Having not mentioned Africa in any of the debates, or in any campaign speeches, President Obama made a big point (albeit indirectly) to American voters that the sub-Saharan region is rarely, if ever, on his capacious mind. In gaining re-election, might Obama bring African issues to the fore?
Not likely, given the urgent domenstic fiscal and economic issues bearing down on his second term. But the insular focus on the American homeland should not alter the established trajectory in U.S.-Africa relations. The trajectory clearly suits Obama’s wider personal preference for African self-reliance and also reflects the reality that in many ways Obama’s own African roots are not especially relevant to the defining issues in U.S.-Africa relations.
In only one sense are these issues shaped by culture and identity, and that is in the potential role for recent African immigrants to the U.S. — many already naturalized and politically active — in promoting new directions in relations between their region of origin and the U.S. To be sure, Obama’s own job as Commander-in-Chief insures that some kind of “inherited” African perspective is always present at the highest levels of the American government. More broadly, the expanding set of human relationships, linking Africans and Americans, and building on their legacy of the rich engagement of African-Americans with Africa, remains a source of profound surprise.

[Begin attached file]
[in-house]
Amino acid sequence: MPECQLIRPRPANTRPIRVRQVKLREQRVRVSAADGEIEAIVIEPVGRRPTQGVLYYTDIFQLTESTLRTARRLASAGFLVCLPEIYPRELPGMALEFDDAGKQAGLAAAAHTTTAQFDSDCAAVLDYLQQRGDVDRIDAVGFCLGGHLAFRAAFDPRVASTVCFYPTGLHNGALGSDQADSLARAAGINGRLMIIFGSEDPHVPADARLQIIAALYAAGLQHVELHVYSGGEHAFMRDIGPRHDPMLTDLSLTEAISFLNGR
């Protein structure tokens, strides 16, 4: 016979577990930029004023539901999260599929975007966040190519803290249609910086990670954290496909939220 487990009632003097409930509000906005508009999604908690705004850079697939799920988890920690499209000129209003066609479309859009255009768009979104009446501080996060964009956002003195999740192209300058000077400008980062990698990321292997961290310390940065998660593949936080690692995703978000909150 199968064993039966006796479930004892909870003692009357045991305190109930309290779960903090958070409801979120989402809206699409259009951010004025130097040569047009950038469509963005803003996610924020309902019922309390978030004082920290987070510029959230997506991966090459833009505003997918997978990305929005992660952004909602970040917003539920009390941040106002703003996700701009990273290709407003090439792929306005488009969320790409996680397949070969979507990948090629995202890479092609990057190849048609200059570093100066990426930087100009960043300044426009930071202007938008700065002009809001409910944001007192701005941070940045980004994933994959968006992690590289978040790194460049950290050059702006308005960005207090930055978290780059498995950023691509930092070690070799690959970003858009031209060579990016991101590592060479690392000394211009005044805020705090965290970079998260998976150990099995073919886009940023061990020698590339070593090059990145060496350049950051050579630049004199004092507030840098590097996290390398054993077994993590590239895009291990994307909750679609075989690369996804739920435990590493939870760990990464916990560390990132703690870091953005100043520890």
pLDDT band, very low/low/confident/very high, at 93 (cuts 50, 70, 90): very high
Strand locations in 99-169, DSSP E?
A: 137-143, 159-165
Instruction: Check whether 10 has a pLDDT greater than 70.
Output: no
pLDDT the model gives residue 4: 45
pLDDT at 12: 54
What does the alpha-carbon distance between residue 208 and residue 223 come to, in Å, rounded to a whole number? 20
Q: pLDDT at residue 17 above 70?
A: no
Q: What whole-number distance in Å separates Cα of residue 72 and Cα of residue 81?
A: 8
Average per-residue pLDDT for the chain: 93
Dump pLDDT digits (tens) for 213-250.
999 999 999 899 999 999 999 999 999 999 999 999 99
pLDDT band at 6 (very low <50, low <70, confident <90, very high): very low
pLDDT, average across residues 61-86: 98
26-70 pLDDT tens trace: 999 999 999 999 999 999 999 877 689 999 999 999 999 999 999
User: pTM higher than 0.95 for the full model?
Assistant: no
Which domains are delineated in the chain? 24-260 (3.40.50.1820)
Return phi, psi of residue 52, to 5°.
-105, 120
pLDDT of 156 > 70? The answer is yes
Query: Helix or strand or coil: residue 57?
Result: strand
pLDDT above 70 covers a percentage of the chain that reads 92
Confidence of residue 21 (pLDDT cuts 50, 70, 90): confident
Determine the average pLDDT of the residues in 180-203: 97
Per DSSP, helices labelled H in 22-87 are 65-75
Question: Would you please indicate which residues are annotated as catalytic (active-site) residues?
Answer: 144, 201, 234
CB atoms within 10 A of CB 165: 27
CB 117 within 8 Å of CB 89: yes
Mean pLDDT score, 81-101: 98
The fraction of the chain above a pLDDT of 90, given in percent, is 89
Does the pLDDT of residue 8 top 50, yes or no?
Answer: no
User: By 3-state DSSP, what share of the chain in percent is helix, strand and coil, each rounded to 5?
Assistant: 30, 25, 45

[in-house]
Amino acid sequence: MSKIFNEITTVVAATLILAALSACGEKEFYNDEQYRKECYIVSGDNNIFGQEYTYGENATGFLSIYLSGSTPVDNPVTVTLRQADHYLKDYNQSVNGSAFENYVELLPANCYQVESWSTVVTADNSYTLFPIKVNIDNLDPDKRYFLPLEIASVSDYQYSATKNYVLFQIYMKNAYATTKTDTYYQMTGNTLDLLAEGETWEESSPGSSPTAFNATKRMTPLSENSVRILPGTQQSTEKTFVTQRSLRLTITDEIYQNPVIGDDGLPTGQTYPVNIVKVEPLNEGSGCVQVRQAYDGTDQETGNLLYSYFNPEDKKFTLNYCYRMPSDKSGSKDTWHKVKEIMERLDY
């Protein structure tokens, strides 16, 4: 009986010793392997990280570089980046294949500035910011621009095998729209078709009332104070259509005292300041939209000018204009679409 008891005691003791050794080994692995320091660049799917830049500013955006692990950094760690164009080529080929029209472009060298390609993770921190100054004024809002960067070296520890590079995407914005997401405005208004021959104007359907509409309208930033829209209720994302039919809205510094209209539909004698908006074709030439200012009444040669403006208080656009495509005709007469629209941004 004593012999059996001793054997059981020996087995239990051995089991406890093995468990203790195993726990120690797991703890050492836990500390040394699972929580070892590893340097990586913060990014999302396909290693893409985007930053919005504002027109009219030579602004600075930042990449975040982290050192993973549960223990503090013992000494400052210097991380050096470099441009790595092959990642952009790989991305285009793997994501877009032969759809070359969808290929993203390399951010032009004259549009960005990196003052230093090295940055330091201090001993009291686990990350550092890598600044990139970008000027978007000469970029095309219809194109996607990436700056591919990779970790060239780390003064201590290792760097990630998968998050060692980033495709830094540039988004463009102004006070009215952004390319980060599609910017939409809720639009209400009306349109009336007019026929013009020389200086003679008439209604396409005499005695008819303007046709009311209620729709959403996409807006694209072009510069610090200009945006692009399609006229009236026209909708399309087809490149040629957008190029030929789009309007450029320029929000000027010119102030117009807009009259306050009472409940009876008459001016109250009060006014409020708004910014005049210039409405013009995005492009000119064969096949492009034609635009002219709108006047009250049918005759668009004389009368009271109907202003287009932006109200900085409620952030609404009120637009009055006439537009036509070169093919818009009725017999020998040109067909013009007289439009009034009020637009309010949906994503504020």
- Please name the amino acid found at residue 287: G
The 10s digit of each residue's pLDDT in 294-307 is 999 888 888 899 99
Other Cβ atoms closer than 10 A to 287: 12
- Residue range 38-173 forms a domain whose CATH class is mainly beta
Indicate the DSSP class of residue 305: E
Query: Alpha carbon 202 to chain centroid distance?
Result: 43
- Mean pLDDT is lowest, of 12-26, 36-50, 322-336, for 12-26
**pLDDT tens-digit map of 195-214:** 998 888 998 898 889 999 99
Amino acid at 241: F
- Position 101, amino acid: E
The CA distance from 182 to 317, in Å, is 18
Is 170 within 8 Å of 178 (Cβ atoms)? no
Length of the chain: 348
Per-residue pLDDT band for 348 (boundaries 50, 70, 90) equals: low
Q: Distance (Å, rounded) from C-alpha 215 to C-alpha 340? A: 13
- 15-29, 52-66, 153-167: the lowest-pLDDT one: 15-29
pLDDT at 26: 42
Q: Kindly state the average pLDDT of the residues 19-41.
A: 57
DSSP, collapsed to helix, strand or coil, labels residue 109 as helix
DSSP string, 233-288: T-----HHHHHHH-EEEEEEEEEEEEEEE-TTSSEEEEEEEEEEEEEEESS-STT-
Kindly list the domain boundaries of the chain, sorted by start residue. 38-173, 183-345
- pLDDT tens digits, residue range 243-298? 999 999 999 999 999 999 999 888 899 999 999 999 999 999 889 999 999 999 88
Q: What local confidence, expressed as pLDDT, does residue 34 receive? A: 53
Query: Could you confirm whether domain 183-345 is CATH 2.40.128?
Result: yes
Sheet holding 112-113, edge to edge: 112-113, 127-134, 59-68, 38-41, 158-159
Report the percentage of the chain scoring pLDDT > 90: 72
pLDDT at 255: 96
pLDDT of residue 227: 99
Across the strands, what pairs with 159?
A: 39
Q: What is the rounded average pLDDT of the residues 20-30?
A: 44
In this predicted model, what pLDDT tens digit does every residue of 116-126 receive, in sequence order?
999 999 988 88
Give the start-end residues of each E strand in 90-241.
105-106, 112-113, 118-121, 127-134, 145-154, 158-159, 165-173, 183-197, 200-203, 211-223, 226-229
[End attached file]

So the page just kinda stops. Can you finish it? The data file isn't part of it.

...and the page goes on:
More predictable certainly are a set of well-established concerns that define U.S.-Africa relations under Obama. Far from redefining or revolutionizing this relationship, as president, Barack Obama did much to continue and carry on the forms of engagement initiated by Presidents Clinton and Bush. Indeed, the roots of every major aspect of U.S-Africa relations in the Obama era were laid during the two-term Bush presidency.
Under Bush, humanitarian concerns dominated; the most dramatic evidence came in the expensive pledge by American taxpayers to fund ARV treatment for Africans with HIV-AIDS. Enormously generous and effective in providing life-saving treatment for millions of ordinary Africans, the partnership on ARVs, launched by Bush, was renewed by Obama. While humanitarianism (to paraphrase a prescient book on the subject by the Council on Foreign Relations) is not enough to build a durable relationship of mutual benefit between the sub-Saharan and the U.S., the impulse to help — and the help itself — remains central to official policies.
“Humanitarianism-plus” might accurately describe the U.S. posture except that the movement on the ground suggests far greater complexity in U.S.-Africa relations and emerging set of self-interested security reasons for U.S. engagement and for a “mutual benefit” partnership with African governments.